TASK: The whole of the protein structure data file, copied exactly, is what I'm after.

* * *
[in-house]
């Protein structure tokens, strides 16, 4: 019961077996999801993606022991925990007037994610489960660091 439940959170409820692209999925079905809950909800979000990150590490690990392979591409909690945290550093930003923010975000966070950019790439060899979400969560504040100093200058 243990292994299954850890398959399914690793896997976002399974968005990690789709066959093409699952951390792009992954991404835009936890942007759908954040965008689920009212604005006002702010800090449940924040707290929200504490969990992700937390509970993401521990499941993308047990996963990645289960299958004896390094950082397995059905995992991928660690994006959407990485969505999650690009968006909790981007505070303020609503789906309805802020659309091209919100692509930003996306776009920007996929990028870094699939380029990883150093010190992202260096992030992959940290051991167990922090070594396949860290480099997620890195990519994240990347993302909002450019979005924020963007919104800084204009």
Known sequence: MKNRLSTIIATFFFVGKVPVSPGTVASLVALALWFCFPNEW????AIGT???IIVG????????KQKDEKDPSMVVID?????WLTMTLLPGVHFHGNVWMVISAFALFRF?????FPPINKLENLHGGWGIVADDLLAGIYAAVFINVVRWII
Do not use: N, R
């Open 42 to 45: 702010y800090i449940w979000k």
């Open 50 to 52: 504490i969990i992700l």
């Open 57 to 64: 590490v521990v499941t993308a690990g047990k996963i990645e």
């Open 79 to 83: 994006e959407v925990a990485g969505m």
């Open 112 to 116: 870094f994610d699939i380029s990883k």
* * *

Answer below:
[in-house]
């Protein structure tokens, strides 16, 4: 019961077996999801993606022991925990007037994610489960660091 439940959170409820692209999925079905809950909800979000990150590490690990392979591409909690945290550093930003923010975000966070950019790439060899979400969560504040100093200058 243990292994299954850890398959399914690793896997976002399974968005990690789709066959093409699952951390792009992954991404835009936890942007759908954040965008689920009212604005006002702010800090449940924040707290929200504490969990992700937390509970993401521990499941993308047990996963990645289960299958004896390094950082397995059905995992991928660690994006959407990485969505999650690009968006909790981007505070303020609503789906309805802020659309091209919100692509930003996306776009920007996929990028870094699939380029990883150093010190992202260096992030992959940290051991167990922090070594396949860290480099997620890195990519994240990347993302909002450019979005924020963007919104800084204009």
Known sequence: MKNRLSTIIATFFFVGKVPVSPGTVASLVALALWFCFPNEW????AIGT???IIVG????????KQKDEKDPSMVVID?????WLTMTLLPGVHFHGNVWMVISAFALFRF?????FPPINKLENLHGGWGIVADDLLAGIYAAVFINVVRWII
Do not use: N, R
């Open 42 to 45: 702010y800090i449940w979000k």
């Open 50 to 52: 504490i969990i992700l």
């Open 57 to 64: 590490v521990v499941t993308a690990g047990k996963i990645e």
């Open 79 to 83: 994006e959407v925990a990485g969505m």
């Open 112 to 116: 870094f994610d699939i380029s990883k």